Canada’s housing market continued to rebalance in May, as sales declined for a third consecutive month and new property listings rose. The combination of central bank rate policy and affordability challenges was largely responsible for the decline in sales activity.
Home Sales and Prices Decline in May: CREA
On a national level, home sales fell by 8.6% from April, according to the Canadian Real Estate Association (CREA). Actual monthly sales activity was down 21.7% compared with the May record set in 2021, and just under 9% compared with April Sales were down in three-quarters of all local markets, led by Lower Mainland British Columbia, Calgary, Edmonton, Ottawa and the Greater Toronto Area. New listings were up 4.5% month-over-month. The increase was influenced by a jump in new supply in Montreal, while new listings in the GTA posted a small decline.
Monthly home sales are returning to their long-running trend. Source: CREA.
Although home prices declined slightly month-over-month, falling 0.8% compared with April, they were up significantly compared with a year earlier. The MLS Home Price Index (HPI) rose 19.8% year-over-year, pushing the national benchmark price to $822,900. The actual (not seasonally adjusted) national average home price was just over $711,000 in May, down almost 5% from April, but up about 3% compared to May of last year.
Housing Market “Rebalancing Fast” – RBC Economics
The Bank of Canada’s fight against inflation may come at the expense of real estate – at least, in the short term – as rising mortgage rates price many buyers out of the market. According to RBC Economics, major markets such as Toronto, Vancouver, Montreal, Ottawa and Hamilton experienced significant pullbacks in May. “[Most] major markets in Canada have returned to balanced territory in May based on sales and new listings reported by local real estate boards,” wrote senior economist Robert Hogue.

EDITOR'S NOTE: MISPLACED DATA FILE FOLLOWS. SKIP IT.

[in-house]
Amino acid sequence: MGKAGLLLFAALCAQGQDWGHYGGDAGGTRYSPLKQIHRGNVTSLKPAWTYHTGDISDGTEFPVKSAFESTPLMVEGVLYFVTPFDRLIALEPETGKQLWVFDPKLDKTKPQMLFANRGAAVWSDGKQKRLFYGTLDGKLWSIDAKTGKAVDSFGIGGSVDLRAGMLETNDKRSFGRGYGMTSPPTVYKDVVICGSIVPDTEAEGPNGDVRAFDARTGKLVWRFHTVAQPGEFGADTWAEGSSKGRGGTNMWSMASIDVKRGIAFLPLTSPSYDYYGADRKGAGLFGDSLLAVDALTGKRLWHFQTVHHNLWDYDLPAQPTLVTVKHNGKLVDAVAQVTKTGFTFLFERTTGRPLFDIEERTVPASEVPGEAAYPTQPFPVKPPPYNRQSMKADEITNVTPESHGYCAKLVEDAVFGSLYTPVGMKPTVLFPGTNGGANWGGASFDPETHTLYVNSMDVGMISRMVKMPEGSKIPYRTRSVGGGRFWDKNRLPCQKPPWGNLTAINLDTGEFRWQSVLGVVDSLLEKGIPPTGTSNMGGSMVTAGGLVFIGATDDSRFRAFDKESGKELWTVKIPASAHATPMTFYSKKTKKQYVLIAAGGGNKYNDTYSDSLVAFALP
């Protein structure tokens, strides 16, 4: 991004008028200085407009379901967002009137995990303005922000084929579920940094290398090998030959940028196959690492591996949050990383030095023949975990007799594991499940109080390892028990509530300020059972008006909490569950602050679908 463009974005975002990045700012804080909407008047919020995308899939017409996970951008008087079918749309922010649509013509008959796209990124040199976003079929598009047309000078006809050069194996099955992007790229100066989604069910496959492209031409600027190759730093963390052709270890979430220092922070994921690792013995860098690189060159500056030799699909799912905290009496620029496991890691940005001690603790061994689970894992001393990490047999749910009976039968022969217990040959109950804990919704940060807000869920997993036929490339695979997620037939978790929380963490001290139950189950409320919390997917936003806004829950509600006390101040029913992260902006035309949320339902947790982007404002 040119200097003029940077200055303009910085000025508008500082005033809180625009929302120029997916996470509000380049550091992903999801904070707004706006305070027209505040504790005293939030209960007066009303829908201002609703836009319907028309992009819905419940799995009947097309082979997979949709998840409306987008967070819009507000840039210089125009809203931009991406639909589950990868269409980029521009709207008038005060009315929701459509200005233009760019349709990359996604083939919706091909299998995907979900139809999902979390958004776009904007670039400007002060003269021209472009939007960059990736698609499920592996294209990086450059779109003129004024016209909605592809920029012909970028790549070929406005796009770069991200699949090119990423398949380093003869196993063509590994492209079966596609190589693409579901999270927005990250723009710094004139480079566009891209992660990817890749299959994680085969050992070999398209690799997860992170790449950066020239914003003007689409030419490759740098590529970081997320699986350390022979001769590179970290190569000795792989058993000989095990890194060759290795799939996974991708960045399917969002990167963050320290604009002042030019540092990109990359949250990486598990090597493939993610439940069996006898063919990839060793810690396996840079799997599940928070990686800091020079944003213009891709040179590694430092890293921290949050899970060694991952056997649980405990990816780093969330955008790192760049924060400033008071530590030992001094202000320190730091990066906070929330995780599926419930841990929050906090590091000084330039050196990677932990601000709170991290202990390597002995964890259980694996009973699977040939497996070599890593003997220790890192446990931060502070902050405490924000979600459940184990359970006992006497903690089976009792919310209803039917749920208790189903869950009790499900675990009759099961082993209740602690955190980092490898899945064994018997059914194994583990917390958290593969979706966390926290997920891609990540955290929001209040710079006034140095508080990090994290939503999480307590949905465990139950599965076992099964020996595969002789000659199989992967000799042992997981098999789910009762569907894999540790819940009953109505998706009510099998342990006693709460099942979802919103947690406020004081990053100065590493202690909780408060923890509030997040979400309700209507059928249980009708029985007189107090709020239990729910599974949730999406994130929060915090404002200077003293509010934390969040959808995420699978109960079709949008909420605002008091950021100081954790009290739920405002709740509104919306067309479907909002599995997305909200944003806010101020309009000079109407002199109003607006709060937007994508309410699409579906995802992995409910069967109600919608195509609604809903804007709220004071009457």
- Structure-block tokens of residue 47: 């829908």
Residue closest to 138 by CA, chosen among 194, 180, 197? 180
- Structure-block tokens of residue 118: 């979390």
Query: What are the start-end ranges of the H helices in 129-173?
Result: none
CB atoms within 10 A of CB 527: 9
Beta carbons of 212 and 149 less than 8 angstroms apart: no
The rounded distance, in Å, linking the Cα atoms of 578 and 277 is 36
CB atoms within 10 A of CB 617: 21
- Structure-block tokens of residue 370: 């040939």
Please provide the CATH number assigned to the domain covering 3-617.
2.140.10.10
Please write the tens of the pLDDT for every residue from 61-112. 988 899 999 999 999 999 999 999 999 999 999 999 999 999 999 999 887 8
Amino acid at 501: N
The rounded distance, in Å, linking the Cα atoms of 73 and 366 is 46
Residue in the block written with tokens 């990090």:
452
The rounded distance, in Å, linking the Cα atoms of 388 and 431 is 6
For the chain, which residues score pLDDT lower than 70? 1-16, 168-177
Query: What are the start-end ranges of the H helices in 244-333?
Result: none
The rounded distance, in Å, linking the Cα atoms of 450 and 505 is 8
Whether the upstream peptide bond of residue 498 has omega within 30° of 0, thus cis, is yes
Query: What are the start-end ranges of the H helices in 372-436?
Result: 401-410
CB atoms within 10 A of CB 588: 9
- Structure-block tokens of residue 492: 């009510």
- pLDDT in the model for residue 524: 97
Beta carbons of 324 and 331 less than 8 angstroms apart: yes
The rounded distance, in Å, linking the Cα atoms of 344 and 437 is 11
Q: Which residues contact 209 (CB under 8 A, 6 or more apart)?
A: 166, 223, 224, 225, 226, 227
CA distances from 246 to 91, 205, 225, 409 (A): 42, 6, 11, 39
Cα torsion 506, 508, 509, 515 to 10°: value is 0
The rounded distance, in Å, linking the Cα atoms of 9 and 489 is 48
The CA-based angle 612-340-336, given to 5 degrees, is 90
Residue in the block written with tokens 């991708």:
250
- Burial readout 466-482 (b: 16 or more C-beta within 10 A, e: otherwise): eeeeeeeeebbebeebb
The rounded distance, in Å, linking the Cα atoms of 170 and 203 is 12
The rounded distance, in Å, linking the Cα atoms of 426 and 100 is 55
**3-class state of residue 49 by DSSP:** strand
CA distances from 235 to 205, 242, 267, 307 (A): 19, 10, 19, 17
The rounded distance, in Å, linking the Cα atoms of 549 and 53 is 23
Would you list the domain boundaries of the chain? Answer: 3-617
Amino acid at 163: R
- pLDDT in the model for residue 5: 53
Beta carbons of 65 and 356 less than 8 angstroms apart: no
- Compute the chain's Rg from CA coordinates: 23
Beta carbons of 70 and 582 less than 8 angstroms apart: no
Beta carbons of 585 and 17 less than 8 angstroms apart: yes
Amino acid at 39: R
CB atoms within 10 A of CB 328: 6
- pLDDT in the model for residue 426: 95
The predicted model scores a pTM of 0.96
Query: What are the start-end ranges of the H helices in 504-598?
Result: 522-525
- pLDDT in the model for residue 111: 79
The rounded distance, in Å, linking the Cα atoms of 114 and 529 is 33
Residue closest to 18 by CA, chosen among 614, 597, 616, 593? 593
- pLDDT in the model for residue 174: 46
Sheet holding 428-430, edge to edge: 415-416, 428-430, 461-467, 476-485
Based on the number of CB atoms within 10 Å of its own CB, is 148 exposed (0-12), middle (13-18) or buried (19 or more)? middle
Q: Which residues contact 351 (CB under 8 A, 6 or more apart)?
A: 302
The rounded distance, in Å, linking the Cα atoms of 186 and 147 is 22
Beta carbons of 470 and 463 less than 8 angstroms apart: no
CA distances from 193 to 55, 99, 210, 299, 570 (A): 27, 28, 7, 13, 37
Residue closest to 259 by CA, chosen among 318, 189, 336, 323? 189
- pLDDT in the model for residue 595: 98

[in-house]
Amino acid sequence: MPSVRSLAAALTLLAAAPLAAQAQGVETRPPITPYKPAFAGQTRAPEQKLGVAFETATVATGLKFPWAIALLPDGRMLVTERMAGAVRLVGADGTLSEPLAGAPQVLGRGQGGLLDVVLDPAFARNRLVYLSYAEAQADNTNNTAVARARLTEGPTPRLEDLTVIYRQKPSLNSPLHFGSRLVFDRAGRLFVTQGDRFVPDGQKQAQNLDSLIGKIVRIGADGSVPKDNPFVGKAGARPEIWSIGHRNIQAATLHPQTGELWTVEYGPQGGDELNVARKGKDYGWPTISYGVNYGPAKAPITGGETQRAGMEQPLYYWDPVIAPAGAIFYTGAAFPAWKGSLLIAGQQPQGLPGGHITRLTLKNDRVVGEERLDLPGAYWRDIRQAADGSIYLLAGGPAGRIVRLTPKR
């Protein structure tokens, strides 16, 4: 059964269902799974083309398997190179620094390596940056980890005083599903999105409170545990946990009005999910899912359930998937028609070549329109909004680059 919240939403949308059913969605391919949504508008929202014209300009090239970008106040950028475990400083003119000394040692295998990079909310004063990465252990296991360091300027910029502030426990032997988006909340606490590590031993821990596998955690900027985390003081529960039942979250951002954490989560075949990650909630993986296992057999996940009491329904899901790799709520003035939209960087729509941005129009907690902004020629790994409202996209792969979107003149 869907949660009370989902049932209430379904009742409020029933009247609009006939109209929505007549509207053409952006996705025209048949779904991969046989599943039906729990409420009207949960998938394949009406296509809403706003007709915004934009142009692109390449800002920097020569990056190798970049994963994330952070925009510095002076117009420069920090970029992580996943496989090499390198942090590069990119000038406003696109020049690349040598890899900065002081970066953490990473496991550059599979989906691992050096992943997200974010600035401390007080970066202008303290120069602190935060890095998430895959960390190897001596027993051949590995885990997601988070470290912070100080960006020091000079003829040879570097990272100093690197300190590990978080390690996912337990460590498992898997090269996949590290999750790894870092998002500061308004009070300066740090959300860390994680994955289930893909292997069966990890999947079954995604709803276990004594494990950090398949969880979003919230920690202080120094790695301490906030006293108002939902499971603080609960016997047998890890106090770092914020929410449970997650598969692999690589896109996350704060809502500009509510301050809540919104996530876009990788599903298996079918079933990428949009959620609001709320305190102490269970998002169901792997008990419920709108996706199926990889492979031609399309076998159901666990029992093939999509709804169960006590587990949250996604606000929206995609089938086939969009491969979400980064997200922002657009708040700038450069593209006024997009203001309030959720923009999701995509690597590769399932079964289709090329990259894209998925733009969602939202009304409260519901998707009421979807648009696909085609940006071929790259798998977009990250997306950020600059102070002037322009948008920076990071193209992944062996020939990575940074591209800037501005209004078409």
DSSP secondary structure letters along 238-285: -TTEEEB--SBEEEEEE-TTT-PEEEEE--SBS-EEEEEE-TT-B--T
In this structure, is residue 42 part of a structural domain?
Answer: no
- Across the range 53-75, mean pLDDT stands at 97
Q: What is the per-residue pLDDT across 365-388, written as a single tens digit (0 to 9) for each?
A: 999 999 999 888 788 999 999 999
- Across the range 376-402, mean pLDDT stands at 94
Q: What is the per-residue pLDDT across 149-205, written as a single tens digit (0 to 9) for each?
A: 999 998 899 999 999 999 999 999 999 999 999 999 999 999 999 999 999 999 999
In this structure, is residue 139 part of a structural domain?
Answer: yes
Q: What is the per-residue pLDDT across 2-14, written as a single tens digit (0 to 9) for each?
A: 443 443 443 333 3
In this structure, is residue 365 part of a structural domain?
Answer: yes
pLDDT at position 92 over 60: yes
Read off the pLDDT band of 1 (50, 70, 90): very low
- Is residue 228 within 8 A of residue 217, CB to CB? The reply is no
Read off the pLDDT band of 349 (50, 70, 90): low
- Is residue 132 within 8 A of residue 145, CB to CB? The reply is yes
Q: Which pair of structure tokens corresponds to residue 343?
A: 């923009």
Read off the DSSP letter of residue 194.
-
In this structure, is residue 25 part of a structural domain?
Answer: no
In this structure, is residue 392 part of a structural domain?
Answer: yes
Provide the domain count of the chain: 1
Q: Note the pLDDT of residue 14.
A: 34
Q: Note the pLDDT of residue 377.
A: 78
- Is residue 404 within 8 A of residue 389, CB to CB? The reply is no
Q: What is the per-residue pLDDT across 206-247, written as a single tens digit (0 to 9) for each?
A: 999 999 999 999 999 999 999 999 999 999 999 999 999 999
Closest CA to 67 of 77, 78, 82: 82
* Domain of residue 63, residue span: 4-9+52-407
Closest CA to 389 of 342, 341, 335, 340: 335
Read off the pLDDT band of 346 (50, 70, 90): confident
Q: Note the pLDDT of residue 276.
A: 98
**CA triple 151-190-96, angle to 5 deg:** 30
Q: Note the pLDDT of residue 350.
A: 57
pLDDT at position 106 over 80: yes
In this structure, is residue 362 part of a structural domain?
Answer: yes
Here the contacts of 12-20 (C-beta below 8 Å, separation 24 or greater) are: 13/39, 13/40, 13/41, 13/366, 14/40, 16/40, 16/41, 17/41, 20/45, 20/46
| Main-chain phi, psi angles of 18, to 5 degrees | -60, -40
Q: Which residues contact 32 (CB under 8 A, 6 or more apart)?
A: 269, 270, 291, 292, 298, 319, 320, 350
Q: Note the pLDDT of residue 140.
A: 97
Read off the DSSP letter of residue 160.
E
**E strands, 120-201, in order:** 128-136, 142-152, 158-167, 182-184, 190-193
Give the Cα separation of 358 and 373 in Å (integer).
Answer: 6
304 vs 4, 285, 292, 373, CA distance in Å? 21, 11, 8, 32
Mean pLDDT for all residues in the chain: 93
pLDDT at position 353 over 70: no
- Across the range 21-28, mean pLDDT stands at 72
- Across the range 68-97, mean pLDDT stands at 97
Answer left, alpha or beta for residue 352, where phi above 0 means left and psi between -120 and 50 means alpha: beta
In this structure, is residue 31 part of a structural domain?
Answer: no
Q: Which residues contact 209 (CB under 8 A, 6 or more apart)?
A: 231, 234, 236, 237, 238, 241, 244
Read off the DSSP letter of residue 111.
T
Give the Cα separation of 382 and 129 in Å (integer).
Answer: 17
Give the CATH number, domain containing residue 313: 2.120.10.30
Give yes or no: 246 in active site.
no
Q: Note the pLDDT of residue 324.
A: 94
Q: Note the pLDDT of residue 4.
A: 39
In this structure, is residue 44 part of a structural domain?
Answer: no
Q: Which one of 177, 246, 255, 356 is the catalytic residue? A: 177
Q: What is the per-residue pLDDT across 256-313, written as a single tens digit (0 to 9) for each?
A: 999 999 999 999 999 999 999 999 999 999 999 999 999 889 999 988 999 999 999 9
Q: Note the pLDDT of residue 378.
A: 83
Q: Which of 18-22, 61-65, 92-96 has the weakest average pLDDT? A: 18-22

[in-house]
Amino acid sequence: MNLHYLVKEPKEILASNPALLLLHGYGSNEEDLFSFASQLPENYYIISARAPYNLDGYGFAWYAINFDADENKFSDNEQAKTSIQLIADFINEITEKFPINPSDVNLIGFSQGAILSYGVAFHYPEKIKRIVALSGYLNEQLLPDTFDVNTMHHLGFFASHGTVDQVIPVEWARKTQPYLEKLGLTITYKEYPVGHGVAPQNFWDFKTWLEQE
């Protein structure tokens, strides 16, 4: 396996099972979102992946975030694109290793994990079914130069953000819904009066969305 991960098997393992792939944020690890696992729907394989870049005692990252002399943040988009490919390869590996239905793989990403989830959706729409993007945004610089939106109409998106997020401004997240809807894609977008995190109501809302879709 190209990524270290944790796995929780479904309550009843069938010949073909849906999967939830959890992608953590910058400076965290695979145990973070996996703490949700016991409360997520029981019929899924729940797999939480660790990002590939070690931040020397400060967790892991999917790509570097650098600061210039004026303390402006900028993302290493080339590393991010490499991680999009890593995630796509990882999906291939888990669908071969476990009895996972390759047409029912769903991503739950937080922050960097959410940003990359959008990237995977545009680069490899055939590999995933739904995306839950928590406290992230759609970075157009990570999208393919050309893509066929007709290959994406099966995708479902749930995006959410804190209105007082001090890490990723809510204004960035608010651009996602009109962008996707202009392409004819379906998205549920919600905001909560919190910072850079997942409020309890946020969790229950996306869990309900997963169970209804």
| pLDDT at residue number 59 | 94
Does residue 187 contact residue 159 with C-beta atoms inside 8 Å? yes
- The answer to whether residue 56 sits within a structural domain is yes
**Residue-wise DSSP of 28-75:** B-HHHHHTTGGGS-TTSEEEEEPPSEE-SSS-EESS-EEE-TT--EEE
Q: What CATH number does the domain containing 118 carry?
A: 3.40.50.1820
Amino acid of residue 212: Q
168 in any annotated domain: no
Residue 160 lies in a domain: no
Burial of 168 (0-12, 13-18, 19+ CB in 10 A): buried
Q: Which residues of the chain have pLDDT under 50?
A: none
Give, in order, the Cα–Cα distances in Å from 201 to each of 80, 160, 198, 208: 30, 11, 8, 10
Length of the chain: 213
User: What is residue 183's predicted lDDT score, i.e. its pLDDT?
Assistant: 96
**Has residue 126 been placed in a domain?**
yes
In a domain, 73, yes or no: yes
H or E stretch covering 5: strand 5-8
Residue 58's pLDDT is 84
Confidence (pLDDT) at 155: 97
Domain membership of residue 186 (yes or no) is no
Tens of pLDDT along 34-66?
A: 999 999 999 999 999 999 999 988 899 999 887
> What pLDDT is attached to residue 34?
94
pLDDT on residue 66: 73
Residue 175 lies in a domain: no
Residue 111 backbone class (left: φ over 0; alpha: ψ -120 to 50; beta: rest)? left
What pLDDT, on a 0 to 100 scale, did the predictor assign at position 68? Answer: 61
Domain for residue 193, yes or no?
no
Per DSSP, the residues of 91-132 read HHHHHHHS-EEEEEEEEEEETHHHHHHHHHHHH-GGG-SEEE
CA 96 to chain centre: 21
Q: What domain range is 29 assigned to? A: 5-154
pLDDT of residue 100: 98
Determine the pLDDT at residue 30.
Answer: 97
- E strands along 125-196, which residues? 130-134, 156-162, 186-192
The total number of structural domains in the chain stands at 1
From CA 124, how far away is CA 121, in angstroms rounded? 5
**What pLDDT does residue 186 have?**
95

A softening of demand is allowing inventories to rise, potentially removing a major bottleneck for existing buyers. However, inventories remain very low across major markets.
Unemployment Edges Lower in May
Canada’s labour market showed further signs of progress in May, as employment rose by 40,000 and the unemployment rate dipped to a new record low of 5.1%. The gains were driven entirely by full-time positions, which grew by 135,000, according to Statistics Canada. Employment in the service industry increased by 81,000, offsetting declines in goods-producing industries such as manufacturing.
Canada posted its third consecutive month of jobs growth in April. Data source: Statistics Canada.
Stock Market Correction Deepens
North American equities sold off sharply in June, as investors continued to grapple with red-hot inflation and hawkish central-bank policy. The benchmark S&P 500 Index officially entered a bear market in the second week of June, closing down more than 20% from its previous peak. Canada’s benchmark TSX Composite Index entered into correction territory – defined as a drop of 10% or more from a recent peak – and is now trading at its lowest level in over a year.
The TSX was down about 11% from peak to trough. Source: Barchart.com
Conclusion and Summary
The Bank of Canada and Federal Reserve have hiked interest rates at three consecutive policy meetings, underscoring the urgent need to fight inflation. On June 15, the Fed raised interest rates by 75 basis points, the biggest single upward adjustment since 1994. The aggressive hike followed a headline inflation reading of 8.6% in June, which was the highest since 1981.
The Bank of Canada’s next interest rate announcement is scheduled for July 1, 2022. With inflation running at a 31-year high of 6.8%, some economists predict the BoC will have to move faster and stronger going forward, forecasting an upcoming increase as high as 75 basis points. Rising interest rates have spillover effects across the economy, including the housing market.
What Happens Next?
CMI Financial Group continues to analyze market changes and aims to keep you updated on a regular basis.
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